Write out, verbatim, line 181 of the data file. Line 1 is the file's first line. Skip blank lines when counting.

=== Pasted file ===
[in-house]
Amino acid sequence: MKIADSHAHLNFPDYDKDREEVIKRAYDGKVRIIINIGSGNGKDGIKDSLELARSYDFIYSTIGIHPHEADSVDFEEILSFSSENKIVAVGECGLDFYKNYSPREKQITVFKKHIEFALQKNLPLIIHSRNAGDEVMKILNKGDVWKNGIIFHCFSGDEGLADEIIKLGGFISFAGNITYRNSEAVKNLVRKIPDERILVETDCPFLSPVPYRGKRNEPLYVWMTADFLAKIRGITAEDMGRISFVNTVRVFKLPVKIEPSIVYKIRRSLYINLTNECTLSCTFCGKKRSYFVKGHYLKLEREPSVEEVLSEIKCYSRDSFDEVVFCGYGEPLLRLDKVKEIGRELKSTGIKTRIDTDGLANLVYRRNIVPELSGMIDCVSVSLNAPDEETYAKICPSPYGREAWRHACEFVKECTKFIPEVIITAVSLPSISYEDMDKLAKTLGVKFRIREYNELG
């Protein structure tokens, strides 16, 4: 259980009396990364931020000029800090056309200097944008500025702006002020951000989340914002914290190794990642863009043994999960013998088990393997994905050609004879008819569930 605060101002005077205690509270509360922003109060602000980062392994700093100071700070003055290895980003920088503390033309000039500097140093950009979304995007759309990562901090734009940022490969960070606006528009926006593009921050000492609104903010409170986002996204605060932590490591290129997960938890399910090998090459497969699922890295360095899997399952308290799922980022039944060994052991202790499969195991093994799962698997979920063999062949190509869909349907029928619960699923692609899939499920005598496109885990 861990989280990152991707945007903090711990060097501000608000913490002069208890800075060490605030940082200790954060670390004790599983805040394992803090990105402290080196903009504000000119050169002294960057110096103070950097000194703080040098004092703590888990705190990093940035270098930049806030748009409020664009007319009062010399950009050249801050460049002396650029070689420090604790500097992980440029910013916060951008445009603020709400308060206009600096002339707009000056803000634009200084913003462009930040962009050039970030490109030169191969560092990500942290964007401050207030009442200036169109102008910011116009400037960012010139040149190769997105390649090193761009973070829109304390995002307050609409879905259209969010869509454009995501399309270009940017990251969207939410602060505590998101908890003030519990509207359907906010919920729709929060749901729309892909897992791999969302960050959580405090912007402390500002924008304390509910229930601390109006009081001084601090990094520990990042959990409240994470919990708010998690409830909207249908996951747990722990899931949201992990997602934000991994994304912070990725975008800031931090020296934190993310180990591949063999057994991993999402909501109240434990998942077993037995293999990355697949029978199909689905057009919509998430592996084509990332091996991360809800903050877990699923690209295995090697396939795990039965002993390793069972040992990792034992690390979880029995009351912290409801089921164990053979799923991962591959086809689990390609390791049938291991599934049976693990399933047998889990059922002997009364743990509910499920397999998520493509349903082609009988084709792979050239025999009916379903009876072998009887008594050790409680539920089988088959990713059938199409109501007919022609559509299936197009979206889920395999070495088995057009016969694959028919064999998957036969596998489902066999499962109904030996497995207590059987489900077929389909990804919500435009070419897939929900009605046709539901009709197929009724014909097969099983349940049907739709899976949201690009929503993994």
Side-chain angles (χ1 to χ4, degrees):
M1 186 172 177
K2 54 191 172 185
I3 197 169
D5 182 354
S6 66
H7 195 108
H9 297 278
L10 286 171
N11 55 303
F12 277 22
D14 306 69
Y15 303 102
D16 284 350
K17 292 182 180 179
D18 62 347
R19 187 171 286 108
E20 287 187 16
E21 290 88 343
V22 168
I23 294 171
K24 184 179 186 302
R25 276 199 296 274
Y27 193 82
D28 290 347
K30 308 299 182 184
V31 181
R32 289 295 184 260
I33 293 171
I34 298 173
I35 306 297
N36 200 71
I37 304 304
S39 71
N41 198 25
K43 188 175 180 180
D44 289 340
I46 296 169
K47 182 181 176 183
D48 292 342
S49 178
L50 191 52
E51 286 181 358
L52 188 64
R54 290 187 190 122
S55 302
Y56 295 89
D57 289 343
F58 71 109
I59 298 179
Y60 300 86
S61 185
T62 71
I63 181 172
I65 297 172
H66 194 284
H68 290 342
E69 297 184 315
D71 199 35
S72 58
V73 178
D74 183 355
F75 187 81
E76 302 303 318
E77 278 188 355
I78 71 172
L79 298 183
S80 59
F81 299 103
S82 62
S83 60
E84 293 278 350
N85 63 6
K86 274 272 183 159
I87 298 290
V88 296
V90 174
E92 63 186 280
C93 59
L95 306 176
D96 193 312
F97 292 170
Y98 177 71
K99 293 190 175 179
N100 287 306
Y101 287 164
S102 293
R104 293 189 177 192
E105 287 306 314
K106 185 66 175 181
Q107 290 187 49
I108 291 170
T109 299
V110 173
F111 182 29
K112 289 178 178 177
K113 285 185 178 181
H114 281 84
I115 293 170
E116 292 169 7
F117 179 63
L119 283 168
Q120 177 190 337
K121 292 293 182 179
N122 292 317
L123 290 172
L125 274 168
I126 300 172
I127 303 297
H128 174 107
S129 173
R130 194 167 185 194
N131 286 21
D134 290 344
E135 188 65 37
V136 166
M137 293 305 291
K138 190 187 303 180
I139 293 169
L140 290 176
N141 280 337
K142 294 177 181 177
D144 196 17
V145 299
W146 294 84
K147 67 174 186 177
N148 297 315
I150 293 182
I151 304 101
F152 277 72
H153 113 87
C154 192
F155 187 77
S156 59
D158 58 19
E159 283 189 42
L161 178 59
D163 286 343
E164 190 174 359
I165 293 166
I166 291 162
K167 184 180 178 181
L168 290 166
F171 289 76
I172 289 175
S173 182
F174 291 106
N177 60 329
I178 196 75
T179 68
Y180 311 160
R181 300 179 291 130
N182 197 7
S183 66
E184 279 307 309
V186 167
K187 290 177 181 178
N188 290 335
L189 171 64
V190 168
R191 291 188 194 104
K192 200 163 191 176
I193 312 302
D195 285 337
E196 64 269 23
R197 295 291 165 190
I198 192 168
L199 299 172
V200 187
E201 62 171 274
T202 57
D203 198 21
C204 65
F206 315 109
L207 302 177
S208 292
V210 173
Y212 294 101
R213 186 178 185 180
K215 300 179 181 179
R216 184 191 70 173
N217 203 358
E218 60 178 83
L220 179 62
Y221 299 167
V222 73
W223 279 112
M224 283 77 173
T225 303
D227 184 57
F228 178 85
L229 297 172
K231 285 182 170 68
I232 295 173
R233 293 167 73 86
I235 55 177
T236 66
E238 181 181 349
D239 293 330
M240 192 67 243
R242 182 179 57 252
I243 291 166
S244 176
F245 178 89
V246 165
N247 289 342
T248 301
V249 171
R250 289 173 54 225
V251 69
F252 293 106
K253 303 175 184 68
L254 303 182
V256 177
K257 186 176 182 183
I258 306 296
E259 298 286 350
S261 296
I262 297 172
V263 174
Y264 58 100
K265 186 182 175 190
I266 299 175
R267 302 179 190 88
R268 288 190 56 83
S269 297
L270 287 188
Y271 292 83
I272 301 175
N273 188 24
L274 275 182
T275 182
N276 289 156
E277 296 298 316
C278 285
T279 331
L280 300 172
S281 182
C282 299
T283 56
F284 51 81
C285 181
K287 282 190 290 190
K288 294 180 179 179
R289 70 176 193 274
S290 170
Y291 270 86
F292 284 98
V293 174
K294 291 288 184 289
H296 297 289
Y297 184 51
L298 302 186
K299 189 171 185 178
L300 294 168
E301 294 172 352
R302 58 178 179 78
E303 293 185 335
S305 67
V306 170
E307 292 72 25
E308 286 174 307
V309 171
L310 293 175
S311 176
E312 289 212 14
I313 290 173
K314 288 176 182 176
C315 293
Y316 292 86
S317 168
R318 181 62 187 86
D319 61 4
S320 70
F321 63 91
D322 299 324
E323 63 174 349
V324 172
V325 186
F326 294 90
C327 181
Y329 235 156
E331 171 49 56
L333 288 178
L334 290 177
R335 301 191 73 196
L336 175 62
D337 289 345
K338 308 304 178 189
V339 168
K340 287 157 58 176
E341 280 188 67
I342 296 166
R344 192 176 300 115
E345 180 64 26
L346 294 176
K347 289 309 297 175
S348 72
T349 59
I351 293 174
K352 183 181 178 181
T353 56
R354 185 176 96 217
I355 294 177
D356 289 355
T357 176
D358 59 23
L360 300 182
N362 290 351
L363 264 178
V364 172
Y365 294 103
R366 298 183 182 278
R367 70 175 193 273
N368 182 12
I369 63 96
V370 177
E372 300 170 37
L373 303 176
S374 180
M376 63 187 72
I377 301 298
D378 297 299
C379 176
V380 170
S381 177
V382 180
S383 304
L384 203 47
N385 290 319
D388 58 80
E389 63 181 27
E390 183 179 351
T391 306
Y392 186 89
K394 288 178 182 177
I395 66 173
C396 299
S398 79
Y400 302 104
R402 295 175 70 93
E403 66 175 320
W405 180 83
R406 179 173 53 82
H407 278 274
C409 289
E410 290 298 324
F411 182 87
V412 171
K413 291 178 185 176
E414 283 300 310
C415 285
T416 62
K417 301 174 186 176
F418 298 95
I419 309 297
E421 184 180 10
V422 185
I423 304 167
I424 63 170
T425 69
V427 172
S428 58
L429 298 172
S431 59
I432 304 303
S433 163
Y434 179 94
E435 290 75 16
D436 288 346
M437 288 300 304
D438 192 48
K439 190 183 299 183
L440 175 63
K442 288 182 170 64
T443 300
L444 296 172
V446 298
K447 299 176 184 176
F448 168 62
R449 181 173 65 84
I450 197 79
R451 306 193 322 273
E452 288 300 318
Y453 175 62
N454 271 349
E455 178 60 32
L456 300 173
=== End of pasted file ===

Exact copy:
Y212 294 101